The initial directive was to create a campaign that would raise awareness for #Trapped as a real world assignment. Ms Babalwa Kutwana, one of the bronze recipients said they gained confidence as a collective after being announced in the top ten, “We came up with the concept: Victim vs Perpetrator, targeted at 18-25 year-olds as we believed that they were the most vulnerable whilst looking for employment. The intention of our presentation was to inform people on who could be traffic and trafficker. People can seldom tell the difference.”
The top three campaigns will be given an opportunity to come to life. The Department of Justice has made funds available for the implementation and roll out of the campaigns, as the students’ work proved superior and of high quality. The application of their studies and evolving skills were apparent as their campaigns stood out even amongst submissions from top agencies.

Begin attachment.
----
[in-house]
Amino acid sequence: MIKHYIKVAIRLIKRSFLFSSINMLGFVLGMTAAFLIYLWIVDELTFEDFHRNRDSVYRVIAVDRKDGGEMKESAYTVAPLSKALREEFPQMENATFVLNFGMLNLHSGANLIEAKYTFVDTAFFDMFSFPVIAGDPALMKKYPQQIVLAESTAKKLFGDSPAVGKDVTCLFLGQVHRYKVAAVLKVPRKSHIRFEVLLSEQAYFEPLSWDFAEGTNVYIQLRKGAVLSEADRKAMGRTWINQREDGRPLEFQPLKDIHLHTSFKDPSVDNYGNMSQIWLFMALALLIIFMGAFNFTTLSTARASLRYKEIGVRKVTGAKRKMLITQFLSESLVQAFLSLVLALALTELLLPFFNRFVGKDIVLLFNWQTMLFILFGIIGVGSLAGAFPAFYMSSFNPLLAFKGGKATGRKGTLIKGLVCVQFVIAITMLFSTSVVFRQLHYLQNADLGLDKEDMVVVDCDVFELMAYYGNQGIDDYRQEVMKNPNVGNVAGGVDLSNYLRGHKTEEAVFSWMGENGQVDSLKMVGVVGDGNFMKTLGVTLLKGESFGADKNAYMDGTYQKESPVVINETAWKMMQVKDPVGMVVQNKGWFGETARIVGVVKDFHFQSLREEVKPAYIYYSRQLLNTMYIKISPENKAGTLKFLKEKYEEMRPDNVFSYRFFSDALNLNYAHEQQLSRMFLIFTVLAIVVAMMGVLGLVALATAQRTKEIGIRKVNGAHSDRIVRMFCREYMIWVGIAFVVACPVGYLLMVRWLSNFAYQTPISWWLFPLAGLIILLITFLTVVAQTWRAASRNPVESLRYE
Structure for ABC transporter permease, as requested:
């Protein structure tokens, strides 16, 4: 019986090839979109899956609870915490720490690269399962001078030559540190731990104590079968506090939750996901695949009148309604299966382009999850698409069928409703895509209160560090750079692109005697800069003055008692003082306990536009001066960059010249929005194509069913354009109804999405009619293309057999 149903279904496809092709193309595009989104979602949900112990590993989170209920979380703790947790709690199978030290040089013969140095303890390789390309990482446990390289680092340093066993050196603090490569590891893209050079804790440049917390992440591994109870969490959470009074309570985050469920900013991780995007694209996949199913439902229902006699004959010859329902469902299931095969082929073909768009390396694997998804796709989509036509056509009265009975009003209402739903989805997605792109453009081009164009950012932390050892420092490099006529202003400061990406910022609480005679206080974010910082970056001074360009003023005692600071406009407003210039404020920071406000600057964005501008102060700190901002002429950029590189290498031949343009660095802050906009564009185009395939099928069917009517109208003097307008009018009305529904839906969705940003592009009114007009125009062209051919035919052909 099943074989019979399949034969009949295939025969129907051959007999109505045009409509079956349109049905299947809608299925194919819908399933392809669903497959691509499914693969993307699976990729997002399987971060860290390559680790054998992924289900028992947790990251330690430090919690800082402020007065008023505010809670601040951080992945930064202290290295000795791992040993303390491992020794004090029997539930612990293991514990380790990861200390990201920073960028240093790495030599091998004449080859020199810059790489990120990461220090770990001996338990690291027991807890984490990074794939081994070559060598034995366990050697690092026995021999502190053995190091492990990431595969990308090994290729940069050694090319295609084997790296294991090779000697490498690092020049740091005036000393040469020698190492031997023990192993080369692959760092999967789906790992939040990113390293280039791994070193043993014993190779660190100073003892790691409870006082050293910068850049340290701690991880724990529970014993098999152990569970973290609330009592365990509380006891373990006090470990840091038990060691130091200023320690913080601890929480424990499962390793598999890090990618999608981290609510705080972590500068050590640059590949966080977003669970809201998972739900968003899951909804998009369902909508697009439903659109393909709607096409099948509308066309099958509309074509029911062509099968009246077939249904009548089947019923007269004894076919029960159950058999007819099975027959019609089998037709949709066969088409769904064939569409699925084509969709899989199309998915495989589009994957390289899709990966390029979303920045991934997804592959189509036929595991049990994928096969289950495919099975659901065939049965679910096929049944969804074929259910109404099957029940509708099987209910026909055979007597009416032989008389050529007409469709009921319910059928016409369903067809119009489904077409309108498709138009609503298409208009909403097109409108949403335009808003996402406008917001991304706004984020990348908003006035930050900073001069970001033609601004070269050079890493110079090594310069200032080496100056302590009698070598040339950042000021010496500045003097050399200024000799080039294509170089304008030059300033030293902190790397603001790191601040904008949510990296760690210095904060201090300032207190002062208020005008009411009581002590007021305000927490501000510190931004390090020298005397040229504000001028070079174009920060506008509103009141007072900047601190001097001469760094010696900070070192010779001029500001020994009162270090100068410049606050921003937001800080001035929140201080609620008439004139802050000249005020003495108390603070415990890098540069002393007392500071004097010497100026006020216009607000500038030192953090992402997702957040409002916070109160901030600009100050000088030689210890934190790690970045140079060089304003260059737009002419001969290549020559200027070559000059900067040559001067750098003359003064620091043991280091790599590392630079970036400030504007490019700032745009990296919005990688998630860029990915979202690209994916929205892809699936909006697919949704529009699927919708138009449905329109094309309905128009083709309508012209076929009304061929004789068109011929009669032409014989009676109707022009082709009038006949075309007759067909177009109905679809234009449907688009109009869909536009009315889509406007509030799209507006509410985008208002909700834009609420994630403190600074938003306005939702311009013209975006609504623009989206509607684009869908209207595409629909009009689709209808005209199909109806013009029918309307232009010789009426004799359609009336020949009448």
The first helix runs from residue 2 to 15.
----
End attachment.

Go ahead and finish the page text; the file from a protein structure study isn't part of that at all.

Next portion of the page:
The head of the Department of Strategic Communication, Prof Sonja Verwey said, “The University is honoured to be part of a project of this importance. We are excited about these achievements because this is recognition that it is possible to successfully integrate service learning into our curriculums, thus giving our students the opportunity to experience real life learning, whilst also reflecting on their personal roles in it by making a real contribution to society.”
The winning campaigns have also been entered into the Assegai Integrated Marketing Awards.